The Royals have had a roller-coaster season. No team has seemed more alternately doomed and formidable while playing to a near .500 record. Because they came into the season poised for a playoff run, with the Shields/Myers trade looming large, the stakes for the team are high. Yet, depending on the day, the team appears to be either ready to make a deep playoff run on the back of fireballing phenom Yordano Ventura or poised on the precipice of failure and an impending teardown.

Much of the anxiety imparted by the Royals stems from the performance of the so-far anemic offense, which generated higher expectations in the spring. Seemingly skilled hitters like Billy Butler and Mike Moustakas have not met their relatively optimistic projections. Without an obvious explanation (such as injury) for their underperformance, hitting coach Pedro Grifol got the axe in late May, replaced by Dale Sveum, the former Cubs skipper.

Since Grifol’s ouster, the club’s offensive attack has improved upon its pre-Sveum average of 3.79 runs per game, scoring at a 4.96 RPG post-Sveum pace, which has led to a lot of praise for the new hitting coach. (The Royals have hit to the tune of a .753 OPS in June, more than 100 points (!) better than in May.) But before the resurgence, when Grifol’s firing seemed like a distraction from what was soon to be an ugly season, Sveum had some interesting things to say about the Royals’ offense. From ESPN:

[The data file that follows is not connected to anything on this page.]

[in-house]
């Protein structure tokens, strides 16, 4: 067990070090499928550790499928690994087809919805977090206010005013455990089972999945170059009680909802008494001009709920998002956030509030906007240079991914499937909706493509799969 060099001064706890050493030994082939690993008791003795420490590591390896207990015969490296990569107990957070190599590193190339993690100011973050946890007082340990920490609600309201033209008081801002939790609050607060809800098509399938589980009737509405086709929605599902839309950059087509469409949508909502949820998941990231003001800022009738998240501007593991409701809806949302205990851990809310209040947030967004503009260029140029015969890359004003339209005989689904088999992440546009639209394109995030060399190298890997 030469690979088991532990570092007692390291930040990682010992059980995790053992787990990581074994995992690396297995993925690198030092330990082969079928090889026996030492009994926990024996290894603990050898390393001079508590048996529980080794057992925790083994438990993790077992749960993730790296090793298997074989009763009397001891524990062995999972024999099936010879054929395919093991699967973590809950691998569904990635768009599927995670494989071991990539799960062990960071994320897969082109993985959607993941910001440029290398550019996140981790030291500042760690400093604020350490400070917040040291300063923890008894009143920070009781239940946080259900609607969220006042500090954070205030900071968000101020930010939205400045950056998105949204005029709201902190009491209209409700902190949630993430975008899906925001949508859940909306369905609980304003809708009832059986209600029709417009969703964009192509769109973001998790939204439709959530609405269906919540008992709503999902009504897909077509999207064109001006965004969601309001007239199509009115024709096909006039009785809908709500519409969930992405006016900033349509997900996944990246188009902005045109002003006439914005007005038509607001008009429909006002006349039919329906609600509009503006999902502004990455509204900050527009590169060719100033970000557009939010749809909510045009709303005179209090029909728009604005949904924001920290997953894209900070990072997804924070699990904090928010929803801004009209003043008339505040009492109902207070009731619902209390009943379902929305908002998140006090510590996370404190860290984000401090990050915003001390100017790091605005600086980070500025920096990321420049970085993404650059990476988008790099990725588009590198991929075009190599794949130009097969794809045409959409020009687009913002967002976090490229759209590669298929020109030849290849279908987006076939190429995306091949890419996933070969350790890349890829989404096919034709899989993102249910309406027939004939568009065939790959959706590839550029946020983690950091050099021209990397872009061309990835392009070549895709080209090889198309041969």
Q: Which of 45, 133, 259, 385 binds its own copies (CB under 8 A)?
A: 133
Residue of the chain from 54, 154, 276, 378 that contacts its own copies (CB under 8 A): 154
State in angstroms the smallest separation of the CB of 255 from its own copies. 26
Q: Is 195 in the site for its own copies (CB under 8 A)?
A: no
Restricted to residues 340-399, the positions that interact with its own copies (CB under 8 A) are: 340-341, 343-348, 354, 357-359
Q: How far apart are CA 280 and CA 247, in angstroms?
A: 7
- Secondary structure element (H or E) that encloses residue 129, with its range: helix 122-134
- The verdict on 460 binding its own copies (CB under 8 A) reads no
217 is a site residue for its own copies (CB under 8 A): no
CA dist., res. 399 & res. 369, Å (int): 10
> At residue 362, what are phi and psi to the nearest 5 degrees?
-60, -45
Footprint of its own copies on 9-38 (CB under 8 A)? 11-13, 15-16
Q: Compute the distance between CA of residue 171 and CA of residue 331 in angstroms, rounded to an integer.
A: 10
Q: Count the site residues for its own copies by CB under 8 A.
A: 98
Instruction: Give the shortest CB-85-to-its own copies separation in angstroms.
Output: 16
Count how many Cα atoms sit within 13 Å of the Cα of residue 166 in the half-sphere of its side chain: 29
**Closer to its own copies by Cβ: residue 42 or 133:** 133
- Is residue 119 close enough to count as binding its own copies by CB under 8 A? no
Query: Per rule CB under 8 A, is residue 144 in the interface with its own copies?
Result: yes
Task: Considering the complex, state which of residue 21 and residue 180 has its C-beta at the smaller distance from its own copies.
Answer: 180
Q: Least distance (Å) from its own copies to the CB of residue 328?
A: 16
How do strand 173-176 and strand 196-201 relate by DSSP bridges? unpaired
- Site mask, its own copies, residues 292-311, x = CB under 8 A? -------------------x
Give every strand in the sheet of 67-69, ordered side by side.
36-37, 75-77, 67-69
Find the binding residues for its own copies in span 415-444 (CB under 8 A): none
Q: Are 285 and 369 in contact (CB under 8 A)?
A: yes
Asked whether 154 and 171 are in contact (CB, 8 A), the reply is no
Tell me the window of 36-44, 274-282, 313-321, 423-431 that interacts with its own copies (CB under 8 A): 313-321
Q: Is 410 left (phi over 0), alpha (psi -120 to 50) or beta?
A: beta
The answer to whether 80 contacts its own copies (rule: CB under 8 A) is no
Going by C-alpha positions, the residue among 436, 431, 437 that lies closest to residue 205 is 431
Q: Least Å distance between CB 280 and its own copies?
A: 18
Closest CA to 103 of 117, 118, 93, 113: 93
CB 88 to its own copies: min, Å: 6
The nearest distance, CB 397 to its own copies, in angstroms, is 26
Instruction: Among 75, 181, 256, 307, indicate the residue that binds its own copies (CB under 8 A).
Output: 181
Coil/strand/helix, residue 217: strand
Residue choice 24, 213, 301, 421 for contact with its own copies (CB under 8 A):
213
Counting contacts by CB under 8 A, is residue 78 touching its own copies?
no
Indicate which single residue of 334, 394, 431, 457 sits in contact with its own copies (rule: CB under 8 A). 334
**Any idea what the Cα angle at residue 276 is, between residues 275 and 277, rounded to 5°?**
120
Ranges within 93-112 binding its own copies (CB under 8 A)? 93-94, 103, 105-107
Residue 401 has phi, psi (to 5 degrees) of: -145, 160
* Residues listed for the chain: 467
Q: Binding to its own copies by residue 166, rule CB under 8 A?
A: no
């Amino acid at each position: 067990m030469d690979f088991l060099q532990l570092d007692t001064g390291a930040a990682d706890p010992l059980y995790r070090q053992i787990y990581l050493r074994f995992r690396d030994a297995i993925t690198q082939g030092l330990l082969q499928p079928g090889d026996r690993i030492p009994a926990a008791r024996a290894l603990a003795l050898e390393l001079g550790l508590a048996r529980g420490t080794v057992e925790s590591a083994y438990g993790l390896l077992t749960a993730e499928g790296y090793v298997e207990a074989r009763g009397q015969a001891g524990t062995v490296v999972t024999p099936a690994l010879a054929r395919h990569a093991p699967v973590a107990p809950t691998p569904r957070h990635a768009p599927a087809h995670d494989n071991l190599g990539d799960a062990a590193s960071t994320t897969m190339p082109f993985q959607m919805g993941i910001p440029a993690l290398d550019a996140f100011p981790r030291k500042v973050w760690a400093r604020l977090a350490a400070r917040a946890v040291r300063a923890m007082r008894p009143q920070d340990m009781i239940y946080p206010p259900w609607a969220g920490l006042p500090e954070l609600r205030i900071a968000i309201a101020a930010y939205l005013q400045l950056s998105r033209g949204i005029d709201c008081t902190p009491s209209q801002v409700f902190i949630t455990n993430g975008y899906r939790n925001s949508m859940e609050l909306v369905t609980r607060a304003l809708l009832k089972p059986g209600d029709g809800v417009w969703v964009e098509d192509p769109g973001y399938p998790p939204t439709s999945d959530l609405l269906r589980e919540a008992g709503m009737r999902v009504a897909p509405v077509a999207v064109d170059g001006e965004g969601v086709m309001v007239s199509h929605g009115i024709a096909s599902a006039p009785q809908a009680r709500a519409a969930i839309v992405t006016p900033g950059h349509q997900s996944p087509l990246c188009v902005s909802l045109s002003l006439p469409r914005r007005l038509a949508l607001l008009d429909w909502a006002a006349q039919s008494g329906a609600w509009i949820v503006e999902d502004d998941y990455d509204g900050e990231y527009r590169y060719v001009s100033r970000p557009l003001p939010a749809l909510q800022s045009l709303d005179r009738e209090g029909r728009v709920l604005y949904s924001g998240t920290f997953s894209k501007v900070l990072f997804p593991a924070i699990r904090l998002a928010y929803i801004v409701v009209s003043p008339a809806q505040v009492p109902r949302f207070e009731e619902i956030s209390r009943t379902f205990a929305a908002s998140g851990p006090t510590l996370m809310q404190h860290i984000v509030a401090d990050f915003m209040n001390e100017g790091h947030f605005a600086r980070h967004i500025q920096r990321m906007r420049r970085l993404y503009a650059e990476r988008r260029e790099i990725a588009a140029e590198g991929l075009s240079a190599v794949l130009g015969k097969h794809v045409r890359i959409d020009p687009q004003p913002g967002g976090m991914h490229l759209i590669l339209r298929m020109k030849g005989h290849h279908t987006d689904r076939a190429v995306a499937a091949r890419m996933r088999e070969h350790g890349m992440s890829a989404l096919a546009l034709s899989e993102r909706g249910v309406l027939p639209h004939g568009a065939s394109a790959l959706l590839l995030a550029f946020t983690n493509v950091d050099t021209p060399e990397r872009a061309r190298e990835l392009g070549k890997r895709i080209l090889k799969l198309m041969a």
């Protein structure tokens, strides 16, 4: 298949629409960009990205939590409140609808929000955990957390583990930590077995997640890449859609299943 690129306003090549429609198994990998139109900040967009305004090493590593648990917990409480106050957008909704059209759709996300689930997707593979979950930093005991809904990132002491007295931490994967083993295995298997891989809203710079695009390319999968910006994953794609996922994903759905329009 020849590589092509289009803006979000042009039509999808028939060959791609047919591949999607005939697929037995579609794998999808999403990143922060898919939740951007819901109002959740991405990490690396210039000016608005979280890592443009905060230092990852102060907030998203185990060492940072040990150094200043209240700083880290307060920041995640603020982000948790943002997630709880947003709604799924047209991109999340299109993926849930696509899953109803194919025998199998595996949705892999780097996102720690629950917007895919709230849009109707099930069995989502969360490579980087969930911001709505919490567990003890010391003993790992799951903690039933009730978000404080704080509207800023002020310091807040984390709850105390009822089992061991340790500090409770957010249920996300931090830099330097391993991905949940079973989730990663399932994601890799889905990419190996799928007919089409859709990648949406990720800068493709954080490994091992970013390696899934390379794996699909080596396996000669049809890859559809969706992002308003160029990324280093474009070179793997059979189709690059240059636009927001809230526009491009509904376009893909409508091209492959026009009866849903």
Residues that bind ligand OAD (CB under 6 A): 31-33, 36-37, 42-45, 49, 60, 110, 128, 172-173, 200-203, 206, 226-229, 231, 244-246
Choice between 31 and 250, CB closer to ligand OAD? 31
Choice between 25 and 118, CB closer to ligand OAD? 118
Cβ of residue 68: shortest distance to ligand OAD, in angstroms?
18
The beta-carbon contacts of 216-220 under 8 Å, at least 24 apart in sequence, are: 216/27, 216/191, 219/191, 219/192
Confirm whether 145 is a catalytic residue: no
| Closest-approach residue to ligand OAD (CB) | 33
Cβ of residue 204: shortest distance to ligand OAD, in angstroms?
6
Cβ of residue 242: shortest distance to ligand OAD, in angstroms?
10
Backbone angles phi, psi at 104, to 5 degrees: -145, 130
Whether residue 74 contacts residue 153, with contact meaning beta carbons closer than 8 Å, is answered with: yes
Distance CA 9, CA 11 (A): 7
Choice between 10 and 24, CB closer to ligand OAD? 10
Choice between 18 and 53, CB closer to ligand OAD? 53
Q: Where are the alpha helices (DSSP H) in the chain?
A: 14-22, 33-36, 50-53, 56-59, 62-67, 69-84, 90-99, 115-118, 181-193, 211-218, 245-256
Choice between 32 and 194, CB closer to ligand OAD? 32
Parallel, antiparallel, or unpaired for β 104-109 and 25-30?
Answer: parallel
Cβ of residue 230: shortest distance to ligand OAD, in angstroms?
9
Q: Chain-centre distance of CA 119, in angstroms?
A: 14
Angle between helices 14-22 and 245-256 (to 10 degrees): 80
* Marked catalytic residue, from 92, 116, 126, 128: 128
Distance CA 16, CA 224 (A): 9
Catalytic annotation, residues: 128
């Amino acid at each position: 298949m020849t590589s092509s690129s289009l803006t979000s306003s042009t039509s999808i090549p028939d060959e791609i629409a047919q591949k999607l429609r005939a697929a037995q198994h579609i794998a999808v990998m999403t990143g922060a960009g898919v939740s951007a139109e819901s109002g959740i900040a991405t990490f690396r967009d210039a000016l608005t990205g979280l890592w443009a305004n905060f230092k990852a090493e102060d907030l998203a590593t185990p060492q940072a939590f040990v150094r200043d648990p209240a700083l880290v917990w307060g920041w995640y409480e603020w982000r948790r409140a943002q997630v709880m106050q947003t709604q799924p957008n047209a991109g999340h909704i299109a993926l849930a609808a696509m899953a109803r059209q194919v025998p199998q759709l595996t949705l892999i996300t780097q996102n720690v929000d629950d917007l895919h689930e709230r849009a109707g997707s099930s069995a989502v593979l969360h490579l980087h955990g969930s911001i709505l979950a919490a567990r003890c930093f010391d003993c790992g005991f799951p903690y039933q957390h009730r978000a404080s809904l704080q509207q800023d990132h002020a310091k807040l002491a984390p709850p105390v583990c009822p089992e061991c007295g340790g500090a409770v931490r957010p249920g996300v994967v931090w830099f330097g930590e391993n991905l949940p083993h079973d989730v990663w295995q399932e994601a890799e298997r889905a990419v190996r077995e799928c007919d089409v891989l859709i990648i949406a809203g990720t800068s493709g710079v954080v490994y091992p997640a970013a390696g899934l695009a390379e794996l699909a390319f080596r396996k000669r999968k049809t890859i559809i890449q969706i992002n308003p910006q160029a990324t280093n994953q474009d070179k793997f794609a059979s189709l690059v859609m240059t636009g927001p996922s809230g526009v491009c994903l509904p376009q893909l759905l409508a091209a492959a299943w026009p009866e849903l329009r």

'The bottom line is we've struggled with elevation and we've swung at pitches down in the zone probably way too much,' he said. 'From thigh high to the top of the strike zone, we're not doing enough damage.'

(Emphasis mine.)

Sveum’s quote stood out. He’s narrowing the struggles of the club down to literally one dimension: their command of the vertical aspect of the strike zone.

Contrast that with quotes from other hitting coaches, for example Dodgers coach Mark McGwire:

'I love seeing frustration in the opposing pitcher, and I saw that with Storen,' McGwire said. 'I love seeing our hitters work the count. When you work the count and see as many pitches as you can each at-bat, it sets the tone for the rest of the lineup, and it sets the tone for the game.'

“Working the count” seems like a hollow platitude to me (although note well that I am not a baseball player). McGwire certainly doesn’t compare “working the count” to whatever the Dodgers’ hitters were doing before (idling the count? Stagnating within the count?), or explain precisely how the hitters’ new-and-improved approach will differ.

As a rule, hitting coaches’ mantras are built to that standard, usually employing some bland words about “selective aggressiveness” or hitting your spots or plate discipline. Sveum’s insight was different. It suggested a specific problem—too much contact being made too low in the strike zone—and professed a simple solution: Swing at fewer pitches down in the strike zone. Moreover, unlike a lot of coach-speak, there was a genuine insight there, namely that pitch placement influences batted ball type.